This retrospective exhibition pulled its roots from the following words, “I would continue to paint on the house when they left for a break. When they came back they would say: ‘What have you done child? Never do that again!’ After that, I started drawing on the back of the house, and slowly my drawings got better and better until they finally asked me to come back to the front of the house. Then I knew I was good at painting.” This is a recollection from when she was young and forming an interest in the house painting work of her mother, grandmother, and elders.
Moving from the back of the house to the front and then rising to international acclaim, Dr Mahlangu has mostly been hailed as a pioneer in the preservation and popularisation of her Ndebele heritage. In the same breath, we also need to crown her for the remarkable talent and limitless imagination she possesses, for what her career became and her capacity to take it as far as she has. “Mahlangu’s journey is a testament to passion, innovation, and resilience,” says Nontobeko Ntombela, the exhibition curator. According to Ntombela, this exhibition is a celebration of Dr Mahlangu’s “unique approach to art, which intersects African cultures with modernity and the contemporary” as well as her “voice, agency, and pioneering spirit, symbolising her self-enunciation, self-determination, and creativity.”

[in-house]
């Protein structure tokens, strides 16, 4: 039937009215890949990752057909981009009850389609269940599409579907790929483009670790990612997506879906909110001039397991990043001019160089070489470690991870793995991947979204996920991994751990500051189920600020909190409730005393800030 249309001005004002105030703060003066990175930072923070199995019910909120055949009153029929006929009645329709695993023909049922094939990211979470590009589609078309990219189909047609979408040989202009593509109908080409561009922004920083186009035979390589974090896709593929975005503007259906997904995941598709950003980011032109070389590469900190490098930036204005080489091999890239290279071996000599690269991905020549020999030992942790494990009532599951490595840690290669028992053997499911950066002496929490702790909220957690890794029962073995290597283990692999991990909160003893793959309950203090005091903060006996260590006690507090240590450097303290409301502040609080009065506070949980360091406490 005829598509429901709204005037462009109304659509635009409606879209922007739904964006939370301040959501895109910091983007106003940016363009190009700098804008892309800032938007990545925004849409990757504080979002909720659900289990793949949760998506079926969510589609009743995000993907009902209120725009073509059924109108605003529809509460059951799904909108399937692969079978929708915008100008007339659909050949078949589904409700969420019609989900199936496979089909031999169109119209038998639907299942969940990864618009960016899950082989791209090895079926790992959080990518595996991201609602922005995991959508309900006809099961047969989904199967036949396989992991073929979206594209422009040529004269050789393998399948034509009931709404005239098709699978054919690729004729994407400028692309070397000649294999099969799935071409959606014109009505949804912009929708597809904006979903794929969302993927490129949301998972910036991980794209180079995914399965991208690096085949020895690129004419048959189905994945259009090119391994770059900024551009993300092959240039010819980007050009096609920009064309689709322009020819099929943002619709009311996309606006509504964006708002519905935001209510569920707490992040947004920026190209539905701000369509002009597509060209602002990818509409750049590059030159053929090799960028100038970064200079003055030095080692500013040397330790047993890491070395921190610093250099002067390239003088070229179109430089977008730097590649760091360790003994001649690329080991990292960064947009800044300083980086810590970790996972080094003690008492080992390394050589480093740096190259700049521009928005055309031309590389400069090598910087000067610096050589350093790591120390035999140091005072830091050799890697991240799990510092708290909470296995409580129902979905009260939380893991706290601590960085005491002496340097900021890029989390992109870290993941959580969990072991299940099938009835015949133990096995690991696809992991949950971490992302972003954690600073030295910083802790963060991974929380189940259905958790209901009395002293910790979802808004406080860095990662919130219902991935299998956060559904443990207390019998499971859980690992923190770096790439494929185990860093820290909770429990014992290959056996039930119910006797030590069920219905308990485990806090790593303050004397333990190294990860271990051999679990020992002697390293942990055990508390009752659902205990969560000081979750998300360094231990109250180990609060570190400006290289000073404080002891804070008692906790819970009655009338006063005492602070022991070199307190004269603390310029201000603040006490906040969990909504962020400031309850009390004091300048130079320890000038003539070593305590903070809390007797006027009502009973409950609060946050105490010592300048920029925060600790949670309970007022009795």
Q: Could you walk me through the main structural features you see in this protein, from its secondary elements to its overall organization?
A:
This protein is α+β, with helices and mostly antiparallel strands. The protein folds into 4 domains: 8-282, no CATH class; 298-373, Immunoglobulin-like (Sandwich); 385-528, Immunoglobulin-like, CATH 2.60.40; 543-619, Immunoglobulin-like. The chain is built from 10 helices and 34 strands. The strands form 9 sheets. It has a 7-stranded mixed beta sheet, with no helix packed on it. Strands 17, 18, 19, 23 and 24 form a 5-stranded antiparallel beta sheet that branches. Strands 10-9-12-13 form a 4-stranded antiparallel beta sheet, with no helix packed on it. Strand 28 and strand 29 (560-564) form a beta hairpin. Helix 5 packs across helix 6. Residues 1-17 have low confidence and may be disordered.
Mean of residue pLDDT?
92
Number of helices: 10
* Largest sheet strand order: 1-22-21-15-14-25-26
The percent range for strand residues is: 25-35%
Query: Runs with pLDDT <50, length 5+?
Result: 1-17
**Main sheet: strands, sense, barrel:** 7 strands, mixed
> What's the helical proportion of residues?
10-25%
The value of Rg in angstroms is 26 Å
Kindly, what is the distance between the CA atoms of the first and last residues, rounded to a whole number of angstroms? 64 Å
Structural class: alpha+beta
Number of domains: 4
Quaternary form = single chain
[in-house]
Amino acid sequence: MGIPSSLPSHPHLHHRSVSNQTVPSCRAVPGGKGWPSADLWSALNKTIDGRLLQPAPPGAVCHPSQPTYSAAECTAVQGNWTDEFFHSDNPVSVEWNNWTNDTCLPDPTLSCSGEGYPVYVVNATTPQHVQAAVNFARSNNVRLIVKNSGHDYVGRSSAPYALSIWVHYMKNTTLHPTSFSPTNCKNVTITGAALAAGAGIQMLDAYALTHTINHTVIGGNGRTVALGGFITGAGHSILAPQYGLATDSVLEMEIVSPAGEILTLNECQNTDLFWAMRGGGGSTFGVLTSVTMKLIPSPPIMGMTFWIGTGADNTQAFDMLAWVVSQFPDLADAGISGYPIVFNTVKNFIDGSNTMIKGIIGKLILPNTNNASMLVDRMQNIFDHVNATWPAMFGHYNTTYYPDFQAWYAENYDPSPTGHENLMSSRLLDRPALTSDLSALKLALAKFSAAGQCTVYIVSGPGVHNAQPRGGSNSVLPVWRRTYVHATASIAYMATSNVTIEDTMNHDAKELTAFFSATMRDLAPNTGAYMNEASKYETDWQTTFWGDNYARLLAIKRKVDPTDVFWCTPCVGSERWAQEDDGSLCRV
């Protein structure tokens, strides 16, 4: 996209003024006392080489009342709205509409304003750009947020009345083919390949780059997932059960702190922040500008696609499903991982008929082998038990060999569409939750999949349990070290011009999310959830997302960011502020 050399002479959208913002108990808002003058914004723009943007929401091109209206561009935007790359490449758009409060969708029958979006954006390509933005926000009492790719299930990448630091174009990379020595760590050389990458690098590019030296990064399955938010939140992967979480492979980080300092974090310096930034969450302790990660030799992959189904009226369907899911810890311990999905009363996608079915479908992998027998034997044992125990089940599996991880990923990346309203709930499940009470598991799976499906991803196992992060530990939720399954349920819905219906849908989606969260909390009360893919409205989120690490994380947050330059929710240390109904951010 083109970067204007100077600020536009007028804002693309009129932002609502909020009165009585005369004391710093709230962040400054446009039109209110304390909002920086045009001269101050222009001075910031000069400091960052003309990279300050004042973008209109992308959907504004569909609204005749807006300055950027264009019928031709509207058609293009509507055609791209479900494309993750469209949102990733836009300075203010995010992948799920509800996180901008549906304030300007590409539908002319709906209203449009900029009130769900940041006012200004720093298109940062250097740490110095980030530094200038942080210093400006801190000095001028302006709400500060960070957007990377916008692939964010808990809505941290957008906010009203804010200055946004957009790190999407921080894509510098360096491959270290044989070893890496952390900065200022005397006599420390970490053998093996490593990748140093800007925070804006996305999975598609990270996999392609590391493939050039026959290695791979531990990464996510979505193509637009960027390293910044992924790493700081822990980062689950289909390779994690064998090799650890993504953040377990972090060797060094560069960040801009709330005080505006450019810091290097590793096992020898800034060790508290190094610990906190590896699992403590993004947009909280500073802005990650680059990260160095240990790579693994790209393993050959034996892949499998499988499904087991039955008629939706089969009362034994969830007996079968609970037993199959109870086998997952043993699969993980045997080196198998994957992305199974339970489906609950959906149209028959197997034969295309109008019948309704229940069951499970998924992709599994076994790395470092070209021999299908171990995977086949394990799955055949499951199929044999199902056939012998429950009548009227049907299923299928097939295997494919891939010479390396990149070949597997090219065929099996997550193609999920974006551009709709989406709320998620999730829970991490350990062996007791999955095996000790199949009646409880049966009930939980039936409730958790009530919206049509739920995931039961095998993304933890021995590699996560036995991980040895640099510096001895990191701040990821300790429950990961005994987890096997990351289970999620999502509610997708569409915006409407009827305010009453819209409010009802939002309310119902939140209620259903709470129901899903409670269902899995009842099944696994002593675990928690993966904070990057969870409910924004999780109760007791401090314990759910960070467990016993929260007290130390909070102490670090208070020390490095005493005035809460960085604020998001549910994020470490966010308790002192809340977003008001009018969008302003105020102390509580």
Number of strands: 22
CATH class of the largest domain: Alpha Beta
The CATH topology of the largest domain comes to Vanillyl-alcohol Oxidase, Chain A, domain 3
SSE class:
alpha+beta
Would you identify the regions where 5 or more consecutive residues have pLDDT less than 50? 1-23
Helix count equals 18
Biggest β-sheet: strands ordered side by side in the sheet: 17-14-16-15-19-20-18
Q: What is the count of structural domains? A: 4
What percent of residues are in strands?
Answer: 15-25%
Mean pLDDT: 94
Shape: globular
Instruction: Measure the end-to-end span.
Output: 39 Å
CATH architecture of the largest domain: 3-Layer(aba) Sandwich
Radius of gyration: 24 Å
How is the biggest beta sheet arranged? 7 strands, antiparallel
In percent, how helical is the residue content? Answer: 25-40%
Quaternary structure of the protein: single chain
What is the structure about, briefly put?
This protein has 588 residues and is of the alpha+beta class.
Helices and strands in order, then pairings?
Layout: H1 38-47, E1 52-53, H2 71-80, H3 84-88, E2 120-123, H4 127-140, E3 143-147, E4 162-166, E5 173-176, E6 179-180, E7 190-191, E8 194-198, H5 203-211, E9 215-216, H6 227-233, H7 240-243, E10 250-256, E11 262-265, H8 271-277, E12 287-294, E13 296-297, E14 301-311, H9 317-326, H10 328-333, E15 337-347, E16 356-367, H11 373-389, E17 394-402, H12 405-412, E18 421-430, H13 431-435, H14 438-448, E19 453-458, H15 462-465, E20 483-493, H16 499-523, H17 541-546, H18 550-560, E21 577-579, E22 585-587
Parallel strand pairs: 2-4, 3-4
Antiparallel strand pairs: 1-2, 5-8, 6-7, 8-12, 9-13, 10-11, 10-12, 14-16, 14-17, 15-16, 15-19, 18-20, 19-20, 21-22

“Few articles deal with Dr Mahlangu’s valuable contribution to contemporary art over seven decades. She is one of few visual artists who has successfully been able to bridge the space between the ‘traditional’ and ‘contemporary’. She has been a disruptor and an innovator who has been open to extensive travel, collaborations, and experimenting on numerous mediums – most recently an AI project with BMW that was unveiled at Art Basel Switzerland and then at Frieze Seoul and Contemporary Istanbul,” says Craig Mark, exhibition project manager and The Melrose Gallery director.